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Now fully updated, this widely respected text traces the lineage and development of Russian foreign policy with the insight that comes from historical perspective. The fifth edition incorporates new and fully updated coverage of issues including relations with the major powers and with other post-communist states, international security issues including arms control issues and grounds for sanctions and intervention, and domestic and regional issues related to natural resource politics, human rights, Islamism and terrorism.

Misunderstanding Russia

Author: Magda Leichtova
Publisher: Routledge
ISBN: 131709543X
Format: PDF, ePub
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Well argued and balanced, Leichtova provides an alternative and more constructive understanding of what drives Russian foreign policy. The book is based on the concepts of constructivism and orientalism in international relations to analyse the policies of the Russian Federation. This book highlights that Russian foreign policy is a complex phenomenon constructed from internal as well as external developments, perceptions and expectations. At the same time, it also highlights that Western states are the most significant Other in construction of the Russian foreign policy and even Russian identity and, at the same time, actively create an 'image of Russia' in international politics which is widely based on their own Western assumptions about the country. The author introduces the reader to an alternate portrayal of relations between Russia and the West which all analysts should take into consideration before drawing conclusions.

Russia s Place in the World

Author: Andrej Kreutz
Publisher: Algora Publishing
ISBN: 1628941464
Format: PDF, Mobi
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Prof. Kreutz presents a concise geopolitical and historical background of Russia and the major predicaments that currently hamper its full international integration and acceptance. He outlines the negative and potentially dangerous aspects of the existing situation. In the author's view the Russian Federation, which is a successor state of the Soviet Union and the previous Russian Empire, should not now be treated as a defeated nation on probation. Rather, alongside China, it should be acknowledged as a great independent power with its own political traditions and interests. Only such an approach can secure international peace and cooperation in Europe and Asia, which are needed by all countries of the region and even the world at large. The book's approach is mainly historical; nevertheless it focuses on some of the most important and controversial present day international challenges both in Europe and Asia. Its aims to address academics, journalists and other specialists, but also is written for the general public. Its goal is to provide an alternative and unprejudiced view of the "Russian Problem," starting with the recognition that the struggle for survival has been a major challenge in Russia's past and present - a fact that is often seemingly overlooked by those analysts who misconstrue defensive moves as potential aggression. An expert on Eastern Europe and political history, Prof. Kreutz is neither a Russia-sympathizer nor a Russia-basher, but he presents a neutral account of Russia's place in the world. This book fills a gap left by other recent works including the historical monograph by Marshall J. Poe, The Russian Moment in World History, which provides only the introduction and background to the present situations, and Professor Tsygankov's Russia's Foreign Policy: Change and Continuity in National Identity, which is more about various Russian political theories than on the actual socio-political and geopolitical situation of the country. Mankoff's Russian Foreign Policy. The Return of Great Power Politics and Treisman's The Return: Journey from Gorbachev to Medvyedev are focused on the current political issues and make some interesting points; however, they do not seem to perceive the challenges coming to Russia from the neo-capitalist transformations and US imperial expansion in its neighborhood. Dmitri Trenin did not mention much about them either, in Post-Imperium-Eurasian Story. While presenting a rather bleak picture of present-day Russia, he suggests that Moscow should open itself fully to the capitalist modernization and accept US hegemony. His comparisons of the Soviet Union with the former Western colonial empires are not always convincing. Trenin, a former Soviet Colonel and diplomat is apparently influenced by his present employment with the Carnegie Endowment, but his book is nevertheless informative and makes an interesting contribution to the existing literature on the subject.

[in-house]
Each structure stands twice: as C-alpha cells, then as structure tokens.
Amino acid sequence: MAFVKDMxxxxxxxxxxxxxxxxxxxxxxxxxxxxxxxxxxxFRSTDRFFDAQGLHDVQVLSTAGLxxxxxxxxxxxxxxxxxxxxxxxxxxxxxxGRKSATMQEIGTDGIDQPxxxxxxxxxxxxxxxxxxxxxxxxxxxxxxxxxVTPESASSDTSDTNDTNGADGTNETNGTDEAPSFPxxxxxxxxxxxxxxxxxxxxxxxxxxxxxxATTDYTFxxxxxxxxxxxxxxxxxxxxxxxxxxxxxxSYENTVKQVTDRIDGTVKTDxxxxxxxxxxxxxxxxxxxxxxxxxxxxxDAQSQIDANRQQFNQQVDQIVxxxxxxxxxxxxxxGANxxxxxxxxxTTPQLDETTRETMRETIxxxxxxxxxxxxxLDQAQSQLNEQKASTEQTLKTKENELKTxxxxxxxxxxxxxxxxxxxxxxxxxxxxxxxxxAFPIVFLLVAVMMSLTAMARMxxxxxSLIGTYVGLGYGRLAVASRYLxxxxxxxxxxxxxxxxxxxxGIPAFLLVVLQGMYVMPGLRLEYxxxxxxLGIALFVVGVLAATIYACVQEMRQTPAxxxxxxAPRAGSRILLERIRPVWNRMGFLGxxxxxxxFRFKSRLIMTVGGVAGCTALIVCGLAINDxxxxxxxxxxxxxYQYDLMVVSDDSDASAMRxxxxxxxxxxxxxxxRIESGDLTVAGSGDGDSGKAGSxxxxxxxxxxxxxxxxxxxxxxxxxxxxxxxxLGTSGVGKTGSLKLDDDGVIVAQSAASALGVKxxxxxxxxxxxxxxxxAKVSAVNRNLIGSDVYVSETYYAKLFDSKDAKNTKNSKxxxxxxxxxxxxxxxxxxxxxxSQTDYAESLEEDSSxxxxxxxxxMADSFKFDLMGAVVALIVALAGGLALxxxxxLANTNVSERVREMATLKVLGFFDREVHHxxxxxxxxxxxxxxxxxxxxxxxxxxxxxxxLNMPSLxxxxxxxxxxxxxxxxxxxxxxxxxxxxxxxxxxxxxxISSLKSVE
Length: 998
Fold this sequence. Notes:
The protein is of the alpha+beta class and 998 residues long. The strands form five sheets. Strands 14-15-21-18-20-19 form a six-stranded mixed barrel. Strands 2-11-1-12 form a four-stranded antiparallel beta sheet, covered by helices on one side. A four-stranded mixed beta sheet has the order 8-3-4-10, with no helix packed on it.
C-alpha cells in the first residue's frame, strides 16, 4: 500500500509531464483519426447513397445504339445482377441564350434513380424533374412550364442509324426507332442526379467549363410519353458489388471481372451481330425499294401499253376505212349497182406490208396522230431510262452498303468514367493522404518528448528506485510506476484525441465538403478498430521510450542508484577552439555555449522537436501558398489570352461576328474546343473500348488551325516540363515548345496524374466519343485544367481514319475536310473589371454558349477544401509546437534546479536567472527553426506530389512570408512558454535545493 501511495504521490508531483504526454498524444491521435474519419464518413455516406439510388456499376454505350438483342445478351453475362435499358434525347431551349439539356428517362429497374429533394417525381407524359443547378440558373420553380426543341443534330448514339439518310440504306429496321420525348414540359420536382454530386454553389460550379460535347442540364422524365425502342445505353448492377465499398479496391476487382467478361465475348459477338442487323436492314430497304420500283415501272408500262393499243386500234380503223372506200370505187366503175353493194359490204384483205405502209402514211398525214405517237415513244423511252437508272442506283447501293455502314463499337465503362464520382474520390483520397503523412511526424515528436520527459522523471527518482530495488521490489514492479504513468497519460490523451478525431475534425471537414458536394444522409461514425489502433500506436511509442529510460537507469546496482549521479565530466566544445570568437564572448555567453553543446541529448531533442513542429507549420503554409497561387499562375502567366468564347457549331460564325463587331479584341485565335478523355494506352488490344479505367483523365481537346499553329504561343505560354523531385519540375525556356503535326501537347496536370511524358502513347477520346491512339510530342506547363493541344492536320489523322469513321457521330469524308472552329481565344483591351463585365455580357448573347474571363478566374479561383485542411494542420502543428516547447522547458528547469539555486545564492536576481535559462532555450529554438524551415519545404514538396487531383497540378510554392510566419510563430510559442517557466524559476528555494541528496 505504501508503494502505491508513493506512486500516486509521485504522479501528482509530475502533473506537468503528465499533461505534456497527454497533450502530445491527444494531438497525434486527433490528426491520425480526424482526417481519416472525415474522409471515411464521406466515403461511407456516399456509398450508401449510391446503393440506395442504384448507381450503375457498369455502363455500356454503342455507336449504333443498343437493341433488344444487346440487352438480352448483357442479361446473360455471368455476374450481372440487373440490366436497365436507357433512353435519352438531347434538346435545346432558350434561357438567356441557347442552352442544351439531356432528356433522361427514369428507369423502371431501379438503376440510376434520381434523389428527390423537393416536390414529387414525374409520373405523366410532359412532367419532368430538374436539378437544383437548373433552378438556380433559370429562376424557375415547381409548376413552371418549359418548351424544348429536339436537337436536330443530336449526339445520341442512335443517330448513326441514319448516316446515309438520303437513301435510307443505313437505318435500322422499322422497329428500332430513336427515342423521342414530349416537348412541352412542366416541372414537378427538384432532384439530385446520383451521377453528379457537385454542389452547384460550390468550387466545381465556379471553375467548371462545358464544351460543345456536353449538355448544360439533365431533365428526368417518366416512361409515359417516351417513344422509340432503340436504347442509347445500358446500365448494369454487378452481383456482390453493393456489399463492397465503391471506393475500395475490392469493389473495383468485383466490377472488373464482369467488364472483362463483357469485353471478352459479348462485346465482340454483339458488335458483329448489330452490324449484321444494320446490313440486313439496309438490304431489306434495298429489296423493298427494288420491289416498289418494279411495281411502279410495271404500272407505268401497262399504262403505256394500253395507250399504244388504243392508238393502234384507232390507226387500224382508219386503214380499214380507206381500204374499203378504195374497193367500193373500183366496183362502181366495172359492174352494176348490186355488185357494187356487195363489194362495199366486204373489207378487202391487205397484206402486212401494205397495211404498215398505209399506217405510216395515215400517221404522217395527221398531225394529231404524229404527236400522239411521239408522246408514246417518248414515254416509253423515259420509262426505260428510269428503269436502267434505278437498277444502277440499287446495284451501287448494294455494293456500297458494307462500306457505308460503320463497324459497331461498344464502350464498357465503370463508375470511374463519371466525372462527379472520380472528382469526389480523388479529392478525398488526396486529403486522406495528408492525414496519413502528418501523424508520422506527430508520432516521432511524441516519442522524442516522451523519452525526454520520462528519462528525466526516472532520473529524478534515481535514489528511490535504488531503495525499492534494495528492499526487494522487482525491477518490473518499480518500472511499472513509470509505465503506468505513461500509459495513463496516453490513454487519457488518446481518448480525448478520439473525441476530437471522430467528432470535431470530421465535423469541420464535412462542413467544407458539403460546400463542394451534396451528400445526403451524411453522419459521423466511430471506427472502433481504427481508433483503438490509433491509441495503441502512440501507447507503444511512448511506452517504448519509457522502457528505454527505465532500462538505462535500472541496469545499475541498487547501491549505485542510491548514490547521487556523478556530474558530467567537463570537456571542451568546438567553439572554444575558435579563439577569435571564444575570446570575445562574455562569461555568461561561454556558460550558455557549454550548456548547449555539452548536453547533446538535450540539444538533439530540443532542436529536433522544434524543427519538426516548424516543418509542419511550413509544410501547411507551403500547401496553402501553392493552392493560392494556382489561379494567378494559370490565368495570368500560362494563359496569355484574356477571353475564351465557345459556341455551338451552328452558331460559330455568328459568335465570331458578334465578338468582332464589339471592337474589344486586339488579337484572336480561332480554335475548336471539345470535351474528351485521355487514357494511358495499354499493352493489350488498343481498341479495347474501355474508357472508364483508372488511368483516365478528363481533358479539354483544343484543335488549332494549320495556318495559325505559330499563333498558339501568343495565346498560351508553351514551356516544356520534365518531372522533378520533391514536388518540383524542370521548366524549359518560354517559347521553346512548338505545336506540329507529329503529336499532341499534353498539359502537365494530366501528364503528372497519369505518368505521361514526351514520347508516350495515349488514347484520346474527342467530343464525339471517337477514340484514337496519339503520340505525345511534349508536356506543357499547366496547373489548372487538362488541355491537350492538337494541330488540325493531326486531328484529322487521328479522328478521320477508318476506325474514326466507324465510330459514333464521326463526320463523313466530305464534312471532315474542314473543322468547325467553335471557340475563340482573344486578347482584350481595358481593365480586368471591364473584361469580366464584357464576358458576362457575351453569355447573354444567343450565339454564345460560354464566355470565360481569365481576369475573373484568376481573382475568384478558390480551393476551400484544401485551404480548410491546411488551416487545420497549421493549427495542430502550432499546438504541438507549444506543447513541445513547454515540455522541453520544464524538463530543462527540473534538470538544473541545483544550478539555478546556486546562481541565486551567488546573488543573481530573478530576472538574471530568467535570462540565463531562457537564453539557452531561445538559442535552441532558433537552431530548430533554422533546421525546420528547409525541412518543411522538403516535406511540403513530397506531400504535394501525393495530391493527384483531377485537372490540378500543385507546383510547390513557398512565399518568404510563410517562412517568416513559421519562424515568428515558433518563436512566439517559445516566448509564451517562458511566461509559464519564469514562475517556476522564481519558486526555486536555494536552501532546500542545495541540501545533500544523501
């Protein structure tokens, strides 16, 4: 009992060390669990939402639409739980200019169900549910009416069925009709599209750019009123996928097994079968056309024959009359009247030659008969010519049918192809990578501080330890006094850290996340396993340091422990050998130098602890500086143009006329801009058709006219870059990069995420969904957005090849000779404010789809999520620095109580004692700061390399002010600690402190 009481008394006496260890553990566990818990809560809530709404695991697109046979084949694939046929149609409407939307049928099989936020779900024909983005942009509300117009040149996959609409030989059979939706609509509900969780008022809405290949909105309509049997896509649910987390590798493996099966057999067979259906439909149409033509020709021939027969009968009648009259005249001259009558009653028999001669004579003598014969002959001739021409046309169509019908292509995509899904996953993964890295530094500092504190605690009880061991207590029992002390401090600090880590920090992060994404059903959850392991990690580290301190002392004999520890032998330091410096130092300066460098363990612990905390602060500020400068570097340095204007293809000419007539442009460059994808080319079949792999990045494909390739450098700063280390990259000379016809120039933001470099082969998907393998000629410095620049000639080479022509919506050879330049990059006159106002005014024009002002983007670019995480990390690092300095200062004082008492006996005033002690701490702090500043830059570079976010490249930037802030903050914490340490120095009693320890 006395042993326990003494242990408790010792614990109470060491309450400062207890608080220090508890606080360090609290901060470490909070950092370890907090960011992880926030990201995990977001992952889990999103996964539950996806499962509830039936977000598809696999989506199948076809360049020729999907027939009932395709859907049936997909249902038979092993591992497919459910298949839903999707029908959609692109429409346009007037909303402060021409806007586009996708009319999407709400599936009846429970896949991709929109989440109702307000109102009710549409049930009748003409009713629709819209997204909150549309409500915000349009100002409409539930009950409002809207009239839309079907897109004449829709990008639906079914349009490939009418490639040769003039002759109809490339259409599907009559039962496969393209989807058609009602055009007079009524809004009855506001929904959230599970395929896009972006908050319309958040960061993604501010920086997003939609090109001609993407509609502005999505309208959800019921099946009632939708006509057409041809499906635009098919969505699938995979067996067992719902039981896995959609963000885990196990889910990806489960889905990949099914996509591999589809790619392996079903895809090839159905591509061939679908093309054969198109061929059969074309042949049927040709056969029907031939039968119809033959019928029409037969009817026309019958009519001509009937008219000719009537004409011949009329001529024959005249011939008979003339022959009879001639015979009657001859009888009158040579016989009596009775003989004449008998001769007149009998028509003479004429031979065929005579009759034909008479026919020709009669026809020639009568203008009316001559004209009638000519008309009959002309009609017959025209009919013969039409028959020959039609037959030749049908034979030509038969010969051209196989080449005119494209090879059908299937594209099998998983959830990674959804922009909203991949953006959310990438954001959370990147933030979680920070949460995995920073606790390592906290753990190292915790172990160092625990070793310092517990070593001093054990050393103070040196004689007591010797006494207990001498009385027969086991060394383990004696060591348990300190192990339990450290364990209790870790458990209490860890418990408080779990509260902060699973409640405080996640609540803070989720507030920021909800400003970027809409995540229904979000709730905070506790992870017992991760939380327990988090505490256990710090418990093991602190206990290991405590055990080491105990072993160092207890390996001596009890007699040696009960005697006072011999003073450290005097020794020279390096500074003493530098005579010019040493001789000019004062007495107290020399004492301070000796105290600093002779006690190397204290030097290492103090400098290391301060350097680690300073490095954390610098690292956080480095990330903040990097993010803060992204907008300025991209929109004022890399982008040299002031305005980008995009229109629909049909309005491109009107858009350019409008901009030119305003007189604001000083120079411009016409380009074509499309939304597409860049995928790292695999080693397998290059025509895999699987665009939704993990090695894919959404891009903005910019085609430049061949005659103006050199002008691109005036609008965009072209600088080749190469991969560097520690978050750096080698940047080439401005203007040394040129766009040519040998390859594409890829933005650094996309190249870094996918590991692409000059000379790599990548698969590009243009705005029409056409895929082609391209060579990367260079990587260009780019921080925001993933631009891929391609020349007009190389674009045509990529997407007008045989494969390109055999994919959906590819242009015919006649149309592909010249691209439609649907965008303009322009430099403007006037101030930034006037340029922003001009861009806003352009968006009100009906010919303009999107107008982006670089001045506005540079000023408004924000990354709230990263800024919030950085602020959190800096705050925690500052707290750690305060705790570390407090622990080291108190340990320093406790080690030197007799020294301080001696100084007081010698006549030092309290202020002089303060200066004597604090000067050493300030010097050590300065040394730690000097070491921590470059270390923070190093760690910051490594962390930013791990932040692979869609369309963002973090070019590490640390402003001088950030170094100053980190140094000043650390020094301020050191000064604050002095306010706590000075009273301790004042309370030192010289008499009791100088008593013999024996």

The Tragedy of Great Power Politics Updated Edition

Author: John J. Mearsheimer
Publisher: W. W. Norton & Company
ISBN: 9780393076240
Format: PDF, ePub, Mobi
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"A superb book.…Mearsheimer has made a significant contribution to our understanding of the behavior of great powers."—Barry R. Posen, The National Interest The updated edition of this classic treatise on the behavior of great powers takes a penetrating look at the question likely to dominate international relations in the twenty-first century: Can China rise peacefully? In clear, eloquent prose, John Mearsheimer explains why the answer is no: a rising China will seek to dominate Asia, while the United States, determined to remain the world's sole regional hegemon, will go to great lengths to prevent that from happening. The tragedy of great power politics is inescapable.